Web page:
I hope these ideas help you get started in reading with your baby. It really is never too soon to start and hopefully you’ll be able to establish a family ritual that you will all come to cherish.
If you need further tips I’m right here to help, so get in touch or leave me a comment!
Hello, welcome to Expat Monkeys. This is a site where you can find out about books for kids. What’s coming out, what’s great for different age groups, what’s great for different situations, where you can buy everything (not always just amazon/audible). I talk about print books, interactive e-books and audio books primarily for children.
Reading is more than reading print
What? That doesn’t make any sense! Well, it depends on where you’re coming from. My history is audio books. I’ve worked directing, producing, engineering & editing all kinds of audio books for the last 10 years. Most of that time I was doing it for blind people, with the RNIB in London. And I can guarantee that most of the readers of the books I created would say they were reading, not just listening. Listening to novels and even non-fiction is entirely as all consuming as getting stuck into reading the print. Of course, the good thing about audio books is they are great for littles who don’t know how read just yet. And for those who are getting to grips with reading? Interactive or read along e-books are very helpful to get things going. This is why I am covering all bases with books for kids.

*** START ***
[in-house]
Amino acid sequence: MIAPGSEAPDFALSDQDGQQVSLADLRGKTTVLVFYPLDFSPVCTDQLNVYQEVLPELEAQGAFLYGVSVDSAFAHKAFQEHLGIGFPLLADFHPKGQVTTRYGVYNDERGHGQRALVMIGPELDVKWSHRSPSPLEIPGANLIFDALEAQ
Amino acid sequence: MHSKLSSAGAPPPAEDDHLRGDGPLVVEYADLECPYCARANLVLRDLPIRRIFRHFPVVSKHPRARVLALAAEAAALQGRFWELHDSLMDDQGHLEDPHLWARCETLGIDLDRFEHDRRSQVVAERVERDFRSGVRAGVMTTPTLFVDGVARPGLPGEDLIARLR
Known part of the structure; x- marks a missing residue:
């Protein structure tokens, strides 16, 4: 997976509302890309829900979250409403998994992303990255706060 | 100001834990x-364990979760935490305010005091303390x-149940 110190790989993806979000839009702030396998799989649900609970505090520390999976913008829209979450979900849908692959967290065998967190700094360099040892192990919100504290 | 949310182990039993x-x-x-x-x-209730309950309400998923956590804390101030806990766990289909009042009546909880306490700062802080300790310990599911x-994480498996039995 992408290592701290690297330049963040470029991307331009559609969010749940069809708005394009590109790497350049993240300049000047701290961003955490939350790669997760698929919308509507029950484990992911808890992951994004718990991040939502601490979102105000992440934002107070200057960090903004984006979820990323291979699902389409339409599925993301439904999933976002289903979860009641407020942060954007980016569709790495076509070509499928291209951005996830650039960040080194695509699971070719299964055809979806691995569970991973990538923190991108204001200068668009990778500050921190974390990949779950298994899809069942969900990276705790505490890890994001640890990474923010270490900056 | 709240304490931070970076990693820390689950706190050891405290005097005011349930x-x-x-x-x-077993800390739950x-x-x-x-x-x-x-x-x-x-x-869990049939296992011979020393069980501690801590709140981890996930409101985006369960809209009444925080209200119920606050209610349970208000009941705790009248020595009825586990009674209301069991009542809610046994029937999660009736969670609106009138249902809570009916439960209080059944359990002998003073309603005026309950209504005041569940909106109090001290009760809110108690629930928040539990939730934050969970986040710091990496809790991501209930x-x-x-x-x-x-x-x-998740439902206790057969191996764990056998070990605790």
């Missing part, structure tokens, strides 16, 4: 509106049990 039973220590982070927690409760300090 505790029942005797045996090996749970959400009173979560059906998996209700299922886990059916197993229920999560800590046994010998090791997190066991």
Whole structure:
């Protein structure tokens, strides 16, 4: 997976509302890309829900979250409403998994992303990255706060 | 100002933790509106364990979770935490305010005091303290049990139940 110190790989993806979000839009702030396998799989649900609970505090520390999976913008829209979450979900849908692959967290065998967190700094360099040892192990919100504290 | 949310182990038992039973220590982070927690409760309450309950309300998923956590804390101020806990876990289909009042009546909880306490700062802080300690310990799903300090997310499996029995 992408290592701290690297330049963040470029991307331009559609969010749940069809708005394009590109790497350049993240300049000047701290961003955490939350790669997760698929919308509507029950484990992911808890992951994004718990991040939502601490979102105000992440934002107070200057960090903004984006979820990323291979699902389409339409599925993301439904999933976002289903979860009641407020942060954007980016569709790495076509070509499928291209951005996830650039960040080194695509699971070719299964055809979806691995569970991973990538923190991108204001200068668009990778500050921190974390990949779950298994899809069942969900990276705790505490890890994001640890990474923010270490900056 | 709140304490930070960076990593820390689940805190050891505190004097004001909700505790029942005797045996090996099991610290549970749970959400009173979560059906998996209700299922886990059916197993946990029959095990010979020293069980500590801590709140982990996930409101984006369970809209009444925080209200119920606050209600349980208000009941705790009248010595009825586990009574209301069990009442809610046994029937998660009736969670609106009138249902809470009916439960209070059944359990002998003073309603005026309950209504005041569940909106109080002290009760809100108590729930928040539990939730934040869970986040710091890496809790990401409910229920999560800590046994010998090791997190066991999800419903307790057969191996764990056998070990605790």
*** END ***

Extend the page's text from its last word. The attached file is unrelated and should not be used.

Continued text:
Books and stories for language learning
One of the things you will find a focus on is books in multiple languages. Our little Monkey loves books. He always has done, since the first time he summoned up the motor skills to turn a page to find a new picture on the other side. It does mean that he has a bit of a ferocious appetite for them. Now at 2 and a half, he will tell us stories, although not always entirely coherent, demand stories before repeating them back and refuses to go to sleep without at least 2 books first. The good thing about this is that it’s helping his Italian. The repetition and the appeal of the stories gives him the confidence to try his few Italian words when out and about. And this isn’t news. Books in English are very popular for European parents looking to help their kids learn English. So here, if there is an alternative language version of a book available, especially in audio books, then you will hear about it!